Our History, Vision, and Mission
Holistic Education Lab
Hello and welcome!
Our mission is to provide people of all ages with transformative learning experience through which they can increase the wellness of their bodies, hearts, minds, and souls, so that they can become a force of collective well-being. To this end, we creatively combine social science, mindfulness practice, and design thinking under the leadership of our founding director Hiro Saito.
The holistic education project was first started as a capstone-seminar called "Mindfulness and Social Science" that Hiro taught for graduating social-science majors at Singapore Management University (SMU). In this seminar, Hiro and his students examined the benefits and challenges of mindfulness practice in the contemporary world, mainly in the secular-scientific tradition of Mindfulness-Based Stress Reduction (MBSR) and the Plum Village tradition of engaged mindfulness. While reading and discussing various academic research on mindfulness, ranging from MBSR interventions to critiques of McMindfulness, they also practiced mindfulness on our own, both formally and informally.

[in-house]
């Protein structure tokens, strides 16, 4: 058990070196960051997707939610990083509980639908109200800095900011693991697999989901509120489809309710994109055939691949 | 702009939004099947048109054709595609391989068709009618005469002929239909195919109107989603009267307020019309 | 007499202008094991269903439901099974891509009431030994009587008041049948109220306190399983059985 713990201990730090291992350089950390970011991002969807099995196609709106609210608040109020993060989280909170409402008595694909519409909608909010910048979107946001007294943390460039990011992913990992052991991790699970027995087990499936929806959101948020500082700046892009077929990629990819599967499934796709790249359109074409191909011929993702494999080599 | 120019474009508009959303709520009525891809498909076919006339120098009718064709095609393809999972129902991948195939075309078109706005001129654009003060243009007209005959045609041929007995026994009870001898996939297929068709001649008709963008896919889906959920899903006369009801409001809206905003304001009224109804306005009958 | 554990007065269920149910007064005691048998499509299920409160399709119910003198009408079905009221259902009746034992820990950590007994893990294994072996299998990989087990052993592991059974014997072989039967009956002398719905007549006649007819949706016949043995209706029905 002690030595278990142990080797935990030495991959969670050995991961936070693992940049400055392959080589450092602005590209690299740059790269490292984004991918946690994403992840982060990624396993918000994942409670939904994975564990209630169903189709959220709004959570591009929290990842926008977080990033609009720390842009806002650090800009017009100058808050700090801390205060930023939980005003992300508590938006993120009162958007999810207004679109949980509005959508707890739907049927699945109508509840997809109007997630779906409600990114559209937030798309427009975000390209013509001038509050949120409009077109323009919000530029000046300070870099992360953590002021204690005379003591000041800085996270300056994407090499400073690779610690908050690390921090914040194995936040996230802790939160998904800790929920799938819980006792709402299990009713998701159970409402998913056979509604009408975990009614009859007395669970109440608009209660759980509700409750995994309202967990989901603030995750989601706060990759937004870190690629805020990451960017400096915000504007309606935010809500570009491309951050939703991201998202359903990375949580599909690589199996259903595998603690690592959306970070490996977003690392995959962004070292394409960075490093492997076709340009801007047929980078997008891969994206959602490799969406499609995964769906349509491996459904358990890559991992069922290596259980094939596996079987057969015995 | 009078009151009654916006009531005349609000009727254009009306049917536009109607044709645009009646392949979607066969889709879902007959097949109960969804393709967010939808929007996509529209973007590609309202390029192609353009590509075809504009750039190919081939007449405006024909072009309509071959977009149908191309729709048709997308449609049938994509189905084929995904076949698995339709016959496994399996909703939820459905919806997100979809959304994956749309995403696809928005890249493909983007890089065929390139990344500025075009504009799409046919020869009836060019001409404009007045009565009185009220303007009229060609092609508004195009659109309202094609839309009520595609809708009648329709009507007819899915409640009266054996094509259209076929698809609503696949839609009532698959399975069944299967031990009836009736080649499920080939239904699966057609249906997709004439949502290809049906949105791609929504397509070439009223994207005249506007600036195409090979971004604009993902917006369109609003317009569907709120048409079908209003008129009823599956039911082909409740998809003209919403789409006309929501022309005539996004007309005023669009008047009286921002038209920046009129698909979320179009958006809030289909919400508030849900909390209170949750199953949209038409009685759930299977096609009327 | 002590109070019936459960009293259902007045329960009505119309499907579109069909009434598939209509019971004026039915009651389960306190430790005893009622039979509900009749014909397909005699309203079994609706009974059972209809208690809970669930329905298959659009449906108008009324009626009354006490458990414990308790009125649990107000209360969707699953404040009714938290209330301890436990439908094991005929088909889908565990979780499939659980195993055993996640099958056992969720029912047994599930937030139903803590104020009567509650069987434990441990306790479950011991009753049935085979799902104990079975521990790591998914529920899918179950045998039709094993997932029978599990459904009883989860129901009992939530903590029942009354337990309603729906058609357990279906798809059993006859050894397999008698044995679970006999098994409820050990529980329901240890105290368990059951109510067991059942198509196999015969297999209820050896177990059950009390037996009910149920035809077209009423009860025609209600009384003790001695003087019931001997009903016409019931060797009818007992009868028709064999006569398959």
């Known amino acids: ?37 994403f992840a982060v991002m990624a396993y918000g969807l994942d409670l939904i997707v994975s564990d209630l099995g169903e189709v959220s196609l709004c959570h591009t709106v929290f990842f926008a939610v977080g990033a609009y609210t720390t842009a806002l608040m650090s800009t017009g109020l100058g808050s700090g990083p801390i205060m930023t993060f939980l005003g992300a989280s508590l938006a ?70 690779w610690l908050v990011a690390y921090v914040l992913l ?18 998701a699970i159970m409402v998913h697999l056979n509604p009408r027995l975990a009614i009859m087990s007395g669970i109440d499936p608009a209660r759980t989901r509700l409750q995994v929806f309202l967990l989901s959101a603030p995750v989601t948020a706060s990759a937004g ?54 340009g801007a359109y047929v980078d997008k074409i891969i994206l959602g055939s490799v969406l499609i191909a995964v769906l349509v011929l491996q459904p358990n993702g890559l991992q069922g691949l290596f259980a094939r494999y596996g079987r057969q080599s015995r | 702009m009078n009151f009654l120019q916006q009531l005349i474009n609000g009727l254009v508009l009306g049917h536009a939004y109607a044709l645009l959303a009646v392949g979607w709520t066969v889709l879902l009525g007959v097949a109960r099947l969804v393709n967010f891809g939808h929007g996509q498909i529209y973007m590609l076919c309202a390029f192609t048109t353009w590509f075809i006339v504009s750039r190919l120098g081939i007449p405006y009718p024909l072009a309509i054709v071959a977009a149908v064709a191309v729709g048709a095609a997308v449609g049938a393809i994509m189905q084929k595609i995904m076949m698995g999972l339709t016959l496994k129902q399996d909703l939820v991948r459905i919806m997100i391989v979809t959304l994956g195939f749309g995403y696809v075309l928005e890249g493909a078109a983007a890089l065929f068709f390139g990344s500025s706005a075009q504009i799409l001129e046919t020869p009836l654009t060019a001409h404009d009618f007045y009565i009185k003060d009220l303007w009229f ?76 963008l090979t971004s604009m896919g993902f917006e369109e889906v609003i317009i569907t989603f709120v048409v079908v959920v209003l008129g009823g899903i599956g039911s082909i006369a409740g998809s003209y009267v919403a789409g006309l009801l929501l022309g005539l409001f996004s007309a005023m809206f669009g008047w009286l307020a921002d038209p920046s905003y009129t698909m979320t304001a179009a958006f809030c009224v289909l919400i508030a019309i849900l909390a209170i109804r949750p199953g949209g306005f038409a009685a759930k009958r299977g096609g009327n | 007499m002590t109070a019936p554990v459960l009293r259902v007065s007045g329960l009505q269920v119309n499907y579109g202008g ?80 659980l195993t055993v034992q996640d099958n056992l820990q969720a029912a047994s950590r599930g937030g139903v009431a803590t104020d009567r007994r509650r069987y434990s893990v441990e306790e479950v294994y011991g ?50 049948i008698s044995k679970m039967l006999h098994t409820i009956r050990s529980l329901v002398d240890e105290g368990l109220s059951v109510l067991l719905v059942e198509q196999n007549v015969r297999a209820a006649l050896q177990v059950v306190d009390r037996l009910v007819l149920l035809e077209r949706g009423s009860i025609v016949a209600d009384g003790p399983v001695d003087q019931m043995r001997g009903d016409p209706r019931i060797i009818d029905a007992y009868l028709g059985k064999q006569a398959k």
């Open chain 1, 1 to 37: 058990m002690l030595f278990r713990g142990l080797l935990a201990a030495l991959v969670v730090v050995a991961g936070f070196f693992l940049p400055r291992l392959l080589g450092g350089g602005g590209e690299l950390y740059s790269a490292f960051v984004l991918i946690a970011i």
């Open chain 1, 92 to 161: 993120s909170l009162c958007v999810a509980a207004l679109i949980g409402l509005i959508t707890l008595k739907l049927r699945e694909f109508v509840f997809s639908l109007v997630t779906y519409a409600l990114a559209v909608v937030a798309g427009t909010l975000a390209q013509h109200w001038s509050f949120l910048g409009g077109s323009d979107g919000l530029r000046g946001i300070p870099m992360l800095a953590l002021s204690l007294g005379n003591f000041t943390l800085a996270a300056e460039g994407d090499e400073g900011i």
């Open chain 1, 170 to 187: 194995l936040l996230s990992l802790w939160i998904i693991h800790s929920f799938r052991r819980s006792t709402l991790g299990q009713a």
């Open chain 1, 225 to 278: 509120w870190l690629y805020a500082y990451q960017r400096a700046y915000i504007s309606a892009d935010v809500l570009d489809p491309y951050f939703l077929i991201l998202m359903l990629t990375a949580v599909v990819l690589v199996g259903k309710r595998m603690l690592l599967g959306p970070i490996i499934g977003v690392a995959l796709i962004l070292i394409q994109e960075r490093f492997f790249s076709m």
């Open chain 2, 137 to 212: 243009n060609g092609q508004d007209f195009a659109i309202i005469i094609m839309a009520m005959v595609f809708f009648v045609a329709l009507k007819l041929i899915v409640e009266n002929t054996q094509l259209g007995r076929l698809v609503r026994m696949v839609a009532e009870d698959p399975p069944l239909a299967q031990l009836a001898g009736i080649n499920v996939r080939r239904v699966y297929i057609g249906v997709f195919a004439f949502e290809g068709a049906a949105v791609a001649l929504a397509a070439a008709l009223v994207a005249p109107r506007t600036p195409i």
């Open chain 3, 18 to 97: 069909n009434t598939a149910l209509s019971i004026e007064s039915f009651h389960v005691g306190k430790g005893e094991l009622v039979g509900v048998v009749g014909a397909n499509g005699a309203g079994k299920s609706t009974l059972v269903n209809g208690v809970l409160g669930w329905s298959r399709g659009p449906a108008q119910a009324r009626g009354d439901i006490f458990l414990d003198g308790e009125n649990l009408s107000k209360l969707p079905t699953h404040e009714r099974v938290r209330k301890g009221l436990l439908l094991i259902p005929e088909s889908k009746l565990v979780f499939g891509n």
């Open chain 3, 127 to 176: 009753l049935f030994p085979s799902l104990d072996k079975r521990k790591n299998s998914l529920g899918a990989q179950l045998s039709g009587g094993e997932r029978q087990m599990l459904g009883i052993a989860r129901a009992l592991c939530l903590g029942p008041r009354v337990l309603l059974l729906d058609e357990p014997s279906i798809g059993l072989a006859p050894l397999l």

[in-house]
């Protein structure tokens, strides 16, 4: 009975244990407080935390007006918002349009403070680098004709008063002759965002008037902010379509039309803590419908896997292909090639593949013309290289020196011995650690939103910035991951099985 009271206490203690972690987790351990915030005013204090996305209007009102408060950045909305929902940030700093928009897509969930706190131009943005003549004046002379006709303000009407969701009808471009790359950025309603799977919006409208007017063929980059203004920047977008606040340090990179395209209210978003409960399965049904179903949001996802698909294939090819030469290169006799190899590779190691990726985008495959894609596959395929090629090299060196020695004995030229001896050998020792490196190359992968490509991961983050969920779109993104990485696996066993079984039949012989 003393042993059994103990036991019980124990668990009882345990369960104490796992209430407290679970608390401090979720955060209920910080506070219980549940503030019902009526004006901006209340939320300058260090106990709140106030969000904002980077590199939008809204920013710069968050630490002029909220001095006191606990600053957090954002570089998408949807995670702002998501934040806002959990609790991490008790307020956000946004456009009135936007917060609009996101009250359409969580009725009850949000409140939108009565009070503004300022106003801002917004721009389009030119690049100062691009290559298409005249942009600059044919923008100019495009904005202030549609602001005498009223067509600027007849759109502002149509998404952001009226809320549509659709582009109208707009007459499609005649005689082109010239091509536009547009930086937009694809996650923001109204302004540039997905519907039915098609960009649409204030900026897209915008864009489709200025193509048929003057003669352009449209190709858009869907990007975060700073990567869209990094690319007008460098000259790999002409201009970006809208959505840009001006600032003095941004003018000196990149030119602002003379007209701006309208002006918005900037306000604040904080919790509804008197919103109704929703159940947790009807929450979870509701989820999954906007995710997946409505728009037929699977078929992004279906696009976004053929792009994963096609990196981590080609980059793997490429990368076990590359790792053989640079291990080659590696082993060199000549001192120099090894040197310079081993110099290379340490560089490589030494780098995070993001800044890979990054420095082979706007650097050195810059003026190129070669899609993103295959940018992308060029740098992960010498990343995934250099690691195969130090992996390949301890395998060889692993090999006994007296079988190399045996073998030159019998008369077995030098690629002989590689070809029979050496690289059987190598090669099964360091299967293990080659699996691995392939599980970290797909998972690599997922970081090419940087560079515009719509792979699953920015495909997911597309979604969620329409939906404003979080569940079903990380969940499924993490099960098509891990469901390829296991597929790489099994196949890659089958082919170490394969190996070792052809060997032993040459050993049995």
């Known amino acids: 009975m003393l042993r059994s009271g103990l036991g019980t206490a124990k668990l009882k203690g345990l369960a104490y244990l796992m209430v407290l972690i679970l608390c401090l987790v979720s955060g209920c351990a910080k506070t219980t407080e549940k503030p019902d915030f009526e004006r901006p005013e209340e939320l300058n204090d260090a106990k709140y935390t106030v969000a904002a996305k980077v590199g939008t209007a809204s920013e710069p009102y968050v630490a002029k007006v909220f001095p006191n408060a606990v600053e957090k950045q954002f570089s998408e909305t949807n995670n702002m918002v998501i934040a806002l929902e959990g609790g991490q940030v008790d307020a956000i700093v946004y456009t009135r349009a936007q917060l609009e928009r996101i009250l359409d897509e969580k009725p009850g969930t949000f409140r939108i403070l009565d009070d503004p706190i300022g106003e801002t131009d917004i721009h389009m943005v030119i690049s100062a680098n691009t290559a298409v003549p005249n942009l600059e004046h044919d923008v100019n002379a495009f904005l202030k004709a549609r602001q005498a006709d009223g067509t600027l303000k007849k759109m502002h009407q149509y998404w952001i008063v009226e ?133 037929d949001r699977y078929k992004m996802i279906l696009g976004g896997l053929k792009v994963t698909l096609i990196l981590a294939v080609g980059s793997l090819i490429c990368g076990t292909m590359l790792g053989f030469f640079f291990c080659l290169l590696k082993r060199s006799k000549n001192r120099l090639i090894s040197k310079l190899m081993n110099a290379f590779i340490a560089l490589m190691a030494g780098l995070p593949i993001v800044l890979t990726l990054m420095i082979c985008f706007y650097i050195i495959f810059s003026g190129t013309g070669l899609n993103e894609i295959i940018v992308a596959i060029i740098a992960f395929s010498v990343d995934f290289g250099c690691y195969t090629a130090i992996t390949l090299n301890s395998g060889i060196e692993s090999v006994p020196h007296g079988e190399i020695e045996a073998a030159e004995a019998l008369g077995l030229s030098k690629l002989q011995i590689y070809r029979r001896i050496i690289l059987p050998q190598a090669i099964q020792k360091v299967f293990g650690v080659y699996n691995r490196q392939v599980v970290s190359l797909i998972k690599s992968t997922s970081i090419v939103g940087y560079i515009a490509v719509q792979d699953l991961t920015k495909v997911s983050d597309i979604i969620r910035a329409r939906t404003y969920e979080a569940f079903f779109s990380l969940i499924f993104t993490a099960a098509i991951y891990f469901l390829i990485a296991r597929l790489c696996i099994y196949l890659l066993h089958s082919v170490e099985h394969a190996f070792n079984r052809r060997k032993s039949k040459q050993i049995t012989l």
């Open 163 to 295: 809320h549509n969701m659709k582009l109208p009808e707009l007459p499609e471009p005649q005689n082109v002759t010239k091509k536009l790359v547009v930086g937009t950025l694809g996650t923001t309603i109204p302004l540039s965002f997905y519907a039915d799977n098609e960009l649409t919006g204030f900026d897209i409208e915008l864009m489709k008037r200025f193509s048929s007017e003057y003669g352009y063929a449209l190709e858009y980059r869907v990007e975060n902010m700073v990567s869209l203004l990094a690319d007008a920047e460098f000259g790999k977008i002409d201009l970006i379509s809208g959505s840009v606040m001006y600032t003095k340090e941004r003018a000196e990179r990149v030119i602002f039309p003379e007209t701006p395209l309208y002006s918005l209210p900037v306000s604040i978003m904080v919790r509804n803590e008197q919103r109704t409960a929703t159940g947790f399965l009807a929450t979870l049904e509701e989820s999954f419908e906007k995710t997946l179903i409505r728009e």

This resulted in eight blog posts in 2019 and another eight in 2021. These blog posts aimed to support the well-being of the SMU community, and beyond, by providing insights and tips on how various mindfulness practices could be incorporated into our daily life.
As his understanding of the connection between mindfulness practice and social science deepened, Hiro began to systematically incorporate mindfulness practice into his introductory course "Understanding Societies" in 2021. On the one hand, mindfulness practice helps social scientists become aware of emotional reactivity, automatic thoughts, and other habits of their minds; and this awareness helps them minimize the risk of introducing biases into their own research. On the other hand, social science provides mindfulness practitioners with theories and methods for understanding and responding to the systemic causes of suffering that impinge on both individuals and collectives.
Hiro thus asked first-year social-science majors to create video presentations that would illustrate the uses of sociological theories in helping us critically and deeply understand various issues in the contemporary world as well as their potential solutions. These sociology videos aimed to spark the sociological imagination among younger generation (e.g., students in secondary education), but they were also intended to inform the general public about how social science can help us understand how the world works -- and how it might be different.